The CDC’s Physician Office Visits for Attention-deficit/Hyperactivity Disorder in Children and Adolescents Aged 4–17 Years: United States, 2012–2013

NCHS Data Brief ■ No. 269 ■ January 2017

 U.S. DEPARTMENT OF HEALTH AND HUMAN SERVICES

Centers for Disease Control and Prevention
National Center for Health Statistics

Michael Albert, M.D., M.P.H., Pinyao Rui, M.P.H., and Jill J. Ashman, Ph.D.

Attention-deficit/hyperactivity disorder (ADHD) is one of the most commonly diagnosed neurobehavioral disorders of childhood (1–3). ADHD is characterized clinically by inattention and/or hyperactivity-impulsivity that interferes with functioning or development (4). This report describes the rate and characteristics of physician office visits by children aged 4–17 years with a primary diagnosis of ADHD. Four years of age was chosen as the lower limit because the American Academy of Pediatrics guidelines for the diagnosis and treatment of ADHD begin at this age (5).

Keywords: ADHD • National Ambulatory Medical Care Survey

Did the ADHD visit rate vary by sex and age?

● The visit rate for ADHD was 105 per 1,000 children aged 4–17 years, and was similar for children aged 4–12 years and 13–17 years: 108 per 1,000 children and 99 per 1,000 children, respectively (Figure 1).

Figure 1

Access data table for Figure 1 at: http://www.cdc.gov/nchs/data/databriefs/db269_table.pdf#1.

● The visit rate for ADHD was higher for boys than for girls among children aged 4–17 years (147 per 1,000 boys compared with 62 per 1,000 girls).The difference was observed within both age groups evaluated: for children aged 4–12 years (156 per 1,000 boys compared with 59 per 1,000 girls) and for children aged 13–17 years (130 per 1,000 boys compared with 67 per 1,000 girls).

How frequently were central nervous system (CNS) stimulant medications provided, prescribed, or continued at ADHD visits, and did this vary by age?

● CNS stimulant medications were mentioned (i.e., provided, prescribed, or continued) at 80% of ADHD visits by children aged 4–12 years and 81% of ADHD visits by children aged 13–17 years (Figure 2).

● Methylphenidate or dexmethylphenidate was mentioned more frequently than the drug combination of amphetamine-dextroamphetamine at ADHD visits both for children aged 4–12 years (48% compared with 13%) and for those aged 13–17 years (46% compared with 14%).

● No significant difference was observed in the mention of CNS stimulants for those aged 4–12 years compared with those aged 13–17 years.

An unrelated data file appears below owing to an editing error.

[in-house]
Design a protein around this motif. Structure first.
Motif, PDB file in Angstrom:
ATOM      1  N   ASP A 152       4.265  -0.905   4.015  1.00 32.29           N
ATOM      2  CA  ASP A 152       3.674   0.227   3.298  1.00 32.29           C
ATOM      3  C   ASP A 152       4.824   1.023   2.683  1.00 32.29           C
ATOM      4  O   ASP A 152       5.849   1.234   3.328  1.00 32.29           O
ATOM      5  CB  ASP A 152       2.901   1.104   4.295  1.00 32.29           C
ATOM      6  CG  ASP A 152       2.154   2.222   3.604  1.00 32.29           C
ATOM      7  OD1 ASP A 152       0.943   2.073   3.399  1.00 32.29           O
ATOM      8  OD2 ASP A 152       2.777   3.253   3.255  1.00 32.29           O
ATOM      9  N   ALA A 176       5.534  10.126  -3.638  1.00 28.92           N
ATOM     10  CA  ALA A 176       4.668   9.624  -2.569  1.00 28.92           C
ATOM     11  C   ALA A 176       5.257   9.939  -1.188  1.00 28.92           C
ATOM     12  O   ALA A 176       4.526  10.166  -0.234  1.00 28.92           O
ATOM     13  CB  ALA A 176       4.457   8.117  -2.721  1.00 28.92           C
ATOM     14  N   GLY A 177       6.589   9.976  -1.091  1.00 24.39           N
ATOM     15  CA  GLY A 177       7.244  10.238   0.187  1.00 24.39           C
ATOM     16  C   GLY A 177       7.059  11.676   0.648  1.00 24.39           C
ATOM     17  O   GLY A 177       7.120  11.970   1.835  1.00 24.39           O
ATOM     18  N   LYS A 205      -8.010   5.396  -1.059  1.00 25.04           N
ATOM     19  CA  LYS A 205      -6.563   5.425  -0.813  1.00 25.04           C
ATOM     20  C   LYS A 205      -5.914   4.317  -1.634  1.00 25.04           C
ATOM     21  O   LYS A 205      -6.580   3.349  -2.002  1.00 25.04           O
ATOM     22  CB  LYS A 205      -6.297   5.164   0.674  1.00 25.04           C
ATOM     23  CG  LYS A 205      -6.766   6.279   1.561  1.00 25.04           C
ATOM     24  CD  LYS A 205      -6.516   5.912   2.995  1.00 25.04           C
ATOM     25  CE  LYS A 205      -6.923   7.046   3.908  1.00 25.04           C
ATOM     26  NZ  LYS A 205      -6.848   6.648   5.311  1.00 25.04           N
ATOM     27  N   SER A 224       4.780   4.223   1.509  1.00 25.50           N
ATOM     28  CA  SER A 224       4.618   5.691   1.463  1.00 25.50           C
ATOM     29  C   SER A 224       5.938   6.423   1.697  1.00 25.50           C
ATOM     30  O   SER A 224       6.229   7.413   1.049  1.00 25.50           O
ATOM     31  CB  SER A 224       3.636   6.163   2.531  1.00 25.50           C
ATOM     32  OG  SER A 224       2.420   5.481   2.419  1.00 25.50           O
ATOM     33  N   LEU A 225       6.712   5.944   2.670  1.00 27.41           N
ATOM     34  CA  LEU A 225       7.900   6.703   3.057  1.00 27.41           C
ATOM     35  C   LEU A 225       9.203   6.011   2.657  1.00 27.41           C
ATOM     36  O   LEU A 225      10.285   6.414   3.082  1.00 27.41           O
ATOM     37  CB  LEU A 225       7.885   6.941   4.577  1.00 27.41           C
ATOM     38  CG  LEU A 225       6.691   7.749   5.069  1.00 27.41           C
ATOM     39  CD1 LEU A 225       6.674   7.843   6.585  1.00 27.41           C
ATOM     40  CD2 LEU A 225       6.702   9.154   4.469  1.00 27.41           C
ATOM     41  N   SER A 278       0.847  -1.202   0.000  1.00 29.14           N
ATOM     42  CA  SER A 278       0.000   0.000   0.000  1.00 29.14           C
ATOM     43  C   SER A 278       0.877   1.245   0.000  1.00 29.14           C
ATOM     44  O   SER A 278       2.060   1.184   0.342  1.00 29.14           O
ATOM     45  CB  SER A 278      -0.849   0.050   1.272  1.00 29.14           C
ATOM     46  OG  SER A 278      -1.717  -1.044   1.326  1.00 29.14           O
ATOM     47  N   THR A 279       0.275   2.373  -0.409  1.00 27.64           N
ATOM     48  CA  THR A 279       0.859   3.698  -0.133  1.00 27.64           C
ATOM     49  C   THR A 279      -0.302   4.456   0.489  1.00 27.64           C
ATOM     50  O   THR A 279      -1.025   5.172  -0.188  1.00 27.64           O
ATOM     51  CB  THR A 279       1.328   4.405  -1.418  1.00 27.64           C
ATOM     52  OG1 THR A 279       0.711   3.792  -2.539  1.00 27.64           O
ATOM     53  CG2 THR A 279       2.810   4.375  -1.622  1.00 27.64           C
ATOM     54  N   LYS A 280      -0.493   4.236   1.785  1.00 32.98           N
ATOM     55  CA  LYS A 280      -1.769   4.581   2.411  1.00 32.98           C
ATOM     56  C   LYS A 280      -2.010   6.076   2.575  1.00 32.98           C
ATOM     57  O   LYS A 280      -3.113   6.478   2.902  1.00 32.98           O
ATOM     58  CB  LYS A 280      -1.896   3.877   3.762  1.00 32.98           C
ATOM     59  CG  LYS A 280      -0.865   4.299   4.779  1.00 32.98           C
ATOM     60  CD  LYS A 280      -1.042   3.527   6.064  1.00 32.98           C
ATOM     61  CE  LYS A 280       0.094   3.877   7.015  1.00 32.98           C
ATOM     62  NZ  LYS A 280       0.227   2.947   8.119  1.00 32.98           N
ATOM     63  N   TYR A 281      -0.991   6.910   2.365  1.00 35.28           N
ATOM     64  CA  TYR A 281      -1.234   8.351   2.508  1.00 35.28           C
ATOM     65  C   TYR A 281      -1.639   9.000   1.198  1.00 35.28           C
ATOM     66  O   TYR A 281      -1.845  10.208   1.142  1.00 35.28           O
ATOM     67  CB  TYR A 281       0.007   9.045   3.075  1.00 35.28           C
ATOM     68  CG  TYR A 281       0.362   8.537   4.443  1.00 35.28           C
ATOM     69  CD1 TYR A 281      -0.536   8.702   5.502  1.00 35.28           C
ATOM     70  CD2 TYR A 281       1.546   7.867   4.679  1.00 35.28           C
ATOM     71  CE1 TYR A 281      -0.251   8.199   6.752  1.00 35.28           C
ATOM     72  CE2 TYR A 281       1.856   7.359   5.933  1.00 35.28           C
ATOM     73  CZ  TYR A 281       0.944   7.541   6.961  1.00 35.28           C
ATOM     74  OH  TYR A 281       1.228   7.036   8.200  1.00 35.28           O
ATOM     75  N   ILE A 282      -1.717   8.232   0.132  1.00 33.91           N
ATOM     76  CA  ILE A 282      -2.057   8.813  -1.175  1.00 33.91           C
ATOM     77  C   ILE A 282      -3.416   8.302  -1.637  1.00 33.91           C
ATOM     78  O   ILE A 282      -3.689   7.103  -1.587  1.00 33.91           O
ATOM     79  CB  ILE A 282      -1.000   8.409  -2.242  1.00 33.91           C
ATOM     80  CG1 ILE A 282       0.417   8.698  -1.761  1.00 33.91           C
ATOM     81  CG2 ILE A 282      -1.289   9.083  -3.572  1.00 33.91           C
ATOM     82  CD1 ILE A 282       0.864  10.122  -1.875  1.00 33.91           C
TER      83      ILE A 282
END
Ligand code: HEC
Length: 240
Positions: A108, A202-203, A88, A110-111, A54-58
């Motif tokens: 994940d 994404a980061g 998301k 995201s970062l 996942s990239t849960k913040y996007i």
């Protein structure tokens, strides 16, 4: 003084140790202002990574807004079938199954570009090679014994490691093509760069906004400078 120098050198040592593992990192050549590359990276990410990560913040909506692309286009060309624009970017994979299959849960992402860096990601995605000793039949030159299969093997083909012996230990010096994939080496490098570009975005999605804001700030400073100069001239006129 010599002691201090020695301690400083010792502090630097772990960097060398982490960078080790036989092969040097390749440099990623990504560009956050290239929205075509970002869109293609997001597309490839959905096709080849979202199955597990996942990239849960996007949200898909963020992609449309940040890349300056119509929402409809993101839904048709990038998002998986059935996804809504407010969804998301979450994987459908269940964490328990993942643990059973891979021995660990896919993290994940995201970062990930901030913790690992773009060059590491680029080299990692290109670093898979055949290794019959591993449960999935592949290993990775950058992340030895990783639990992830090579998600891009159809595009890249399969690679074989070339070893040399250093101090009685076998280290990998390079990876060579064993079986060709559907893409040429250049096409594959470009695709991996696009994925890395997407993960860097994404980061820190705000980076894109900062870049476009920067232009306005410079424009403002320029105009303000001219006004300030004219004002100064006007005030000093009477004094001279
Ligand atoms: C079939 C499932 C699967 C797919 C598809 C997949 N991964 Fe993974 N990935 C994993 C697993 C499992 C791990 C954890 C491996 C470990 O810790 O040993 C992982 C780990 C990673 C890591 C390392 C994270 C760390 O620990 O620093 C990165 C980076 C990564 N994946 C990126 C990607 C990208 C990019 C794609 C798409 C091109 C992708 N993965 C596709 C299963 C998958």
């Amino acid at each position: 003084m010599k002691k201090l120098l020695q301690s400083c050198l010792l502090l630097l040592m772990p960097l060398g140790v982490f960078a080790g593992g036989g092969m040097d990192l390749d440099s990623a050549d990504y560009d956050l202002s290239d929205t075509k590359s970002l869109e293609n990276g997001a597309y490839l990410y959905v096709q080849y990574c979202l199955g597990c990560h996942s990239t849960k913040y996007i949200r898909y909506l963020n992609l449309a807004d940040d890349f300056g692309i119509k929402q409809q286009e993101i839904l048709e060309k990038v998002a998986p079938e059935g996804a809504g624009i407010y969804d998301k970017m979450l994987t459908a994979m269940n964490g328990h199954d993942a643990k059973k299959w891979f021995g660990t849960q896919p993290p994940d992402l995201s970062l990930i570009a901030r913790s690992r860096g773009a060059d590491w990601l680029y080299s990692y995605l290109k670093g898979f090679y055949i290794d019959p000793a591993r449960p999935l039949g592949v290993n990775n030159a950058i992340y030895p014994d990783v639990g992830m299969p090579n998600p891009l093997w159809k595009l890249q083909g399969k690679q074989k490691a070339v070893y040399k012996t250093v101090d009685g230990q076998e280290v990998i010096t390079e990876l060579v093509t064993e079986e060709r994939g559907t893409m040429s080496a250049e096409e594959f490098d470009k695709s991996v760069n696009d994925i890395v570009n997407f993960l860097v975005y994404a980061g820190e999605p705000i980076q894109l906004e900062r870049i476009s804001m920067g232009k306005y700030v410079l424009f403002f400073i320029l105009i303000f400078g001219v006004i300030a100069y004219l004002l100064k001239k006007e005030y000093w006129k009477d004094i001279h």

Figure 2

Access data table for Figure 2 at: http://www.cdc.gov/nchs/data/databriefs/db269_table.pdf#2.

What percentage of ADHD visits had an additional mental health disorder as a second- or third-listed ICD diagnosis?

● A total of 29% of ADHD visits by children and adolescents aged 4–17 had an additional mental health disorder as a second- or third-listed ICD diagnosis (Figure 3).

● Additional mental health disorders included episodic mood disorder (7%); anxiety, dissociative, and somatoform disorder (7%); and disturbance of emotions specific to childhood and adolescence (4%).

Figure 3

Access data table for Figure 3 at: http://www.cdc.gov/nchs/data/databriefs/db269_table.pdf#3. SOURCE: NCHS, National Ambulatory Medical Care Survey, 2012–2013

What was the specialty of the physician providing care at ADHD visits?

● At 48% of ADHD visits by children aged 4–17 years, a pediatrician provided care and at 36% of visits a psychiatrist provided care (Figure 4).

● At ADHD visits by children aged 4–17 years, pediatricians and psychiatrists were more frequently seen compared with general and family medicine physicians (12%).

Figure 4

Access data table for Figure 4 at: http://www.cdc.gov/nchs/data/databriefs/db269_table.pdf#4. SOURCE: NCHS, National Ambulatory Medical Care Survey, 2012–2013.

………

Summary

Health care utilization related to ADHD is of interest because the prevalence of parent-reported ADHD diagnosis among U.S. children and adolescents has increased in recent years (3,6,7). In addition, stimulant medications are commonly used to treat patients with ADHD, and public health monitoring of this practice has been recommended (3,7). This analysis indicated that during 2012–2013, an annual average of 6.1 million physician office visits in the United States were made by children and adolescents aged 4–17 years with a primary diagnosis of ADHD. This corresponded to a visit rate of 105 per 1,000 children. ADHD visit rates were higher for boys than girls among children aged 4–17 years and in the two age groups of 4–12 years and 13–17 years. Treatment with CNS stimulant medications such as methylphenidate or amphetaminedextroamphetamine was common for ADHD visits, with these medicines provided, prescribed, or continued in about 80% of visits among both children aged 4–12 years and those aged 13–17 years. More than one-quarter of ADHD visits among children aged 4–17 years had an additional mental health disorder listed as a second- or third-listed ICD diagnosis. Pediatricians (48%) and psychiatrists (36%) provided most of the care at ADHD visits by children aged 4–17 years, with 12% of the care being provided by general and family medicine physicians.